The Big Question is a feature where influential lawmakers, pundits and interest group leaders give their answers to a question that's driving discussion in news circles around the country.

Today's Big Question is:
What's the next step for the GOP on the path back to electoral competitiveness?

See responses below from Hudson Institute President Dr. Herbert London, Rep. Michele Bachmann (R-Minn.), NDN President Simon Rosenberg and ATR President Grover Norquist.

Dr. Herbert London, president, Hudson Institute said:
The GOP has a real challenge before it. The way back is to develop ideas and a sense of vitality that appeared to be lacking in the last presidential effort. Read the full response


Rep. Michele Bachmann (R-Minn.) said:
The results of the 2006 and 2008 elections have forced the GOP to refocus their efforts to restore the conservative brand. Instead of just talking about fiscal responsibility (yet acting contrary to this message), we must once again restore the trust of the America voter through action. Read the full response


Simon Rosenberg, president, New Democratic Network said:
Absent huge Democratic mistakes in the next few years, the Republican Party's road back could very well be a long one. They just suffered their worst Presidential defeat in 44 years, and have now suffered crushing defeats two elections in a row, a rarity in American history. Read the full response


Grover Norquist, president, Americans for Tax Reform said:
Republicans and conservatives have accomplished step one in rebuilding: they refused to panic, get depressed or turn left as instructed by the establishment press in 1964, 1974, 1992 and again in 2008. Read the full response



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I Will Be Ready to Hit The Ground Running (Resident Commissioner Elect Pedro Pierluisi)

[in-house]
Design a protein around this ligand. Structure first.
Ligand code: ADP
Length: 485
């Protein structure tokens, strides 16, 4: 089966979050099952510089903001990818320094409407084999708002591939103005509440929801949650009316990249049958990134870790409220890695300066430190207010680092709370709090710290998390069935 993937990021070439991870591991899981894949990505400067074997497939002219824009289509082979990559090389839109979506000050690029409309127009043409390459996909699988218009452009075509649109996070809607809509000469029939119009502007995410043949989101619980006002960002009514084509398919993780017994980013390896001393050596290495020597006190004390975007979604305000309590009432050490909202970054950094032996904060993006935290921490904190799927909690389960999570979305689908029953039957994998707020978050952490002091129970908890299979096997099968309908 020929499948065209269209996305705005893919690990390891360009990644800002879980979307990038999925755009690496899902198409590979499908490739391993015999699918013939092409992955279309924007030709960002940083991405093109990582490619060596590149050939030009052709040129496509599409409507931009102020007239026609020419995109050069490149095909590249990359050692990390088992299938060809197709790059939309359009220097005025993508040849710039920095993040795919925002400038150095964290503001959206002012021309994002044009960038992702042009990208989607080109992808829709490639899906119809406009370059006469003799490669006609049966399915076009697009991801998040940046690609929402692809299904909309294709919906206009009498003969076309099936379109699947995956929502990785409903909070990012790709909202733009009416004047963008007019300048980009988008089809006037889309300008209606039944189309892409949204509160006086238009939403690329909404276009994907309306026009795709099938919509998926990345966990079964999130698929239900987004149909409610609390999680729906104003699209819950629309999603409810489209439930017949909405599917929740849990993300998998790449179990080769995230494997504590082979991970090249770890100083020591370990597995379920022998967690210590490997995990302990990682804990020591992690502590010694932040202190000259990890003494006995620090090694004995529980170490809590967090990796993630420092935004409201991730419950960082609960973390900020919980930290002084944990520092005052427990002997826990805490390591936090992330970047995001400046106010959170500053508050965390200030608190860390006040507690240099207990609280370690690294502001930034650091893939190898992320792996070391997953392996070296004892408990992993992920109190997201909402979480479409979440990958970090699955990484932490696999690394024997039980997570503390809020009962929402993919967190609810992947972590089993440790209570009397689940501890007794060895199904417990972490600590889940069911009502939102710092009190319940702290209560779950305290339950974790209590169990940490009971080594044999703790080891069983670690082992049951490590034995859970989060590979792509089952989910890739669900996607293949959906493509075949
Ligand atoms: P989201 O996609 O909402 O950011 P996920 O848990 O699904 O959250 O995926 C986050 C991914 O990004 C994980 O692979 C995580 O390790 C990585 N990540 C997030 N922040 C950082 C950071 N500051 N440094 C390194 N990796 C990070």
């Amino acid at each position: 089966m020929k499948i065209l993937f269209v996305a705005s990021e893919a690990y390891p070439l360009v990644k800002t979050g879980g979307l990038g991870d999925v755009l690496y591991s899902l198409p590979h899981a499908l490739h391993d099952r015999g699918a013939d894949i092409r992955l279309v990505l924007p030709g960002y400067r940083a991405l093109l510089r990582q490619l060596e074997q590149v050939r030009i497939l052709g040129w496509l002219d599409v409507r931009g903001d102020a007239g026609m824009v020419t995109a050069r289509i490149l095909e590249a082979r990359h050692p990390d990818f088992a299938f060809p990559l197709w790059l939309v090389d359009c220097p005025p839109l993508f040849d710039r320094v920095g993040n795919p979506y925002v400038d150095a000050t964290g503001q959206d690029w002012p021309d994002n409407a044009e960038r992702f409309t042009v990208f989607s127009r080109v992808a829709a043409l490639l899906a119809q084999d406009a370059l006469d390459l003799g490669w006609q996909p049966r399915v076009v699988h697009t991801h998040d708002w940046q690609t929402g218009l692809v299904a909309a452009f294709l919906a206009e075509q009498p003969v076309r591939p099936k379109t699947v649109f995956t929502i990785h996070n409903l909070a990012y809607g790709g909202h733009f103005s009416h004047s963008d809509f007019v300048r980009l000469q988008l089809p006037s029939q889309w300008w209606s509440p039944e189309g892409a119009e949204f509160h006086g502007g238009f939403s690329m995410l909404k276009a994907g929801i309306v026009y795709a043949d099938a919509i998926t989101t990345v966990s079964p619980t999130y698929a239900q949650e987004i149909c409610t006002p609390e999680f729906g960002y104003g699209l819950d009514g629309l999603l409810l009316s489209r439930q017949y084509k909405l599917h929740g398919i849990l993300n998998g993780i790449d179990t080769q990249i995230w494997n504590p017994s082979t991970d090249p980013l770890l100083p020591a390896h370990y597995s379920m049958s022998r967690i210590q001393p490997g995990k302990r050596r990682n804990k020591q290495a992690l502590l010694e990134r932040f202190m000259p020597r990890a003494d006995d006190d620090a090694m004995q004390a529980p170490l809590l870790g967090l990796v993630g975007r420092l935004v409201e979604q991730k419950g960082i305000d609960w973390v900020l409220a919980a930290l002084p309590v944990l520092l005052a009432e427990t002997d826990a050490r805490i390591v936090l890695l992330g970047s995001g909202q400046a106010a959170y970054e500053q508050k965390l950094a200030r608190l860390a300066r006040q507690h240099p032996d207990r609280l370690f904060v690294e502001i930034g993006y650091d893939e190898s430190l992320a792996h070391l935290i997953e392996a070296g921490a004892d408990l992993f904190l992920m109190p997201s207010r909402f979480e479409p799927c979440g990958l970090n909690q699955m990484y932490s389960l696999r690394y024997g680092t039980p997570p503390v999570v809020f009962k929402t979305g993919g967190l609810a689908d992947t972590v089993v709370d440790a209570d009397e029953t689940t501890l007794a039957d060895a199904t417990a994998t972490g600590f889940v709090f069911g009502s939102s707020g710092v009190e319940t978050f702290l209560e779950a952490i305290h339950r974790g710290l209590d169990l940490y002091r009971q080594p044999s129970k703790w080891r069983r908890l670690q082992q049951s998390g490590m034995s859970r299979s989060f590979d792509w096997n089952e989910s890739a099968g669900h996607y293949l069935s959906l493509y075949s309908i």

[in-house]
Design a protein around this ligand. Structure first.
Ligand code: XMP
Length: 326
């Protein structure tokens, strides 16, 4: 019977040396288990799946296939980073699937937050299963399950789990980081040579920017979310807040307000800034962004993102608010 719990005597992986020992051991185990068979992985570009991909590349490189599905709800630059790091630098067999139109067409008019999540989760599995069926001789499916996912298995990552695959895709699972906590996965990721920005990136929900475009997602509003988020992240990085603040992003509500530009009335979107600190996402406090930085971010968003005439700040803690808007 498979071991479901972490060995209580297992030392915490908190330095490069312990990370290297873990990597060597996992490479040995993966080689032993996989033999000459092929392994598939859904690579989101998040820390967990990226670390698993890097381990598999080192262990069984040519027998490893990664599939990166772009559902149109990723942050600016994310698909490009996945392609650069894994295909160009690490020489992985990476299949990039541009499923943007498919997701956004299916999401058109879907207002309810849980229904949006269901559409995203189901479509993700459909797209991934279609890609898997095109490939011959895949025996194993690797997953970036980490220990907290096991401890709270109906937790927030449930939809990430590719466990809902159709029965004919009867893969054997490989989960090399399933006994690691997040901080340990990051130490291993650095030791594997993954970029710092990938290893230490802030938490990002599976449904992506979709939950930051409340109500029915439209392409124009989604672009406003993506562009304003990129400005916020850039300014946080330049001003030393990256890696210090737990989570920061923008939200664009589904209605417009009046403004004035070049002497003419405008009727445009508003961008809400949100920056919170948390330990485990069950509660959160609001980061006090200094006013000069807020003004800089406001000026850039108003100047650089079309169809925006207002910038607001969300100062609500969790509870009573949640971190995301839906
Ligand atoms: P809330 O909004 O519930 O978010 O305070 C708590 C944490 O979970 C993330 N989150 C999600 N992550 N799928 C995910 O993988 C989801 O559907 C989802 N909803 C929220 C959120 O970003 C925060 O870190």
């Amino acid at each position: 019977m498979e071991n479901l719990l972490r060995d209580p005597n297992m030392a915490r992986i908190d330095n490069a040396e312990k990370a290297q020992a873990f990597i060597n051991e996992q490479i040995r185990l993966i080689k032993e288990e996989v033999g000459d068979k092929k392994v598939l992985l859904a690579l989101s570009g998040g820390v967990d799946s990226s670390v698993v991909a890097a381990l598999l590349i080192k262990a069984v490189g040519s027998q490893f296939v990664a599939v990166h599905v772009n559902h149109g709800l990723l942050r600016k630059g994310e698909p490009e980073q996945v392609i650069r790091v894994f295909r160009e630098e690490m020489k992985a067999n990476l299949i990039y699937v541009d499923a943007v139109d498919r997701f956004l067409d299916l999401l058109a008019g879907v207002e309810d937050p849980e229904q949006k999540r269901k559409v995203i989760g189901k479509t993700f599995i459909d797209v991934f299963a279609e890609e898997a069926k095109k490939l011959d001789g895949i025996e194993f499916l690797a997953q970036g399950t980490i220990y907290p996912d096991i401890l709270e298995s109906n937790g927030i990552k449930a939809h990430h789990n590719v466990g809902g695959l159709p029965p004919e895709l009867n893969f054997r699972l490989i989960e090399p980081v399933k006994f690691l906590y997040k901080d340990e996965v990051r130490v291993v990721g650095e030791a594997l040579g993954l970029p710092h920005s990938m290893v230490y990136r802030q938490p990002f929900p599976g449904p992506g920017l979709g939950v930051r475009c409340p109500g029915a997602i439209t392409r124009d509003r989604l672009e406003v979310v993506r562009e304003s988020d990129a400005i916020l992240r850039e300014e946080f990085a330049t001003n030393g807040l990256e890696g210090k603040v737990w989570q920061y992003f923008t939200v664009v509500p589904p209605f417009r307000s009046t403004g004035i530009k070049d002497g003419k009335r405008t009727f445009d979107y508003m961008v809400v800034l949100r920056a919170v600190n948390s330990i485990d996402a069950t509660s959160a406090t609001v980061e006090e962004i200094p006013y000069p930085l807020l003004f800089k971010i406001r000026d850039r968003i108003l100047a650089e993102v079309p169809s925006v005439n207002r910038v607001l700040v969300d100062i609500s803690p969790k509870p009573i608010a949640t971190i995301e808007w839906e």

I swear in on January 6th but I’m already in Washington because so many things are happening that I have to be around.

It’s been nonstop since I got elected. I got elected by a very wide margin, larger than anytime in the last forty years in Puerto Rico. First, I participated in the freshman orientation and I met with the leadership. Then, I went back home for a couple days and then came up for an optional training we had at Harvard University at the Institute of Politics and that was very rewarding and interesting.
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Thompson Will Continue to be a Leader (Sen. Bob Corker)

During the course of the campaign, Fred Thompson spoke plainly and directly to the American people about the challenges facing our country and how best to meet them.  His willingness to take on tough issues like how to fix social security and reform the tax system helped invigorate the policy debate.  As my friend Fred Thompson departs the presidential race, I know he will continue to contribute to our country's efforts to move ahead in a positive way.
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Clinton to Win Nevada Caucus (Rep. Maurice Hinchey)

This primary is heavily contentious but as the case is everywhere, the people of Nevada are focused on who is likely to be the best candidate and the most successful president.  Based on that analysis we believe that Senator Clinton is going to win in Nevada.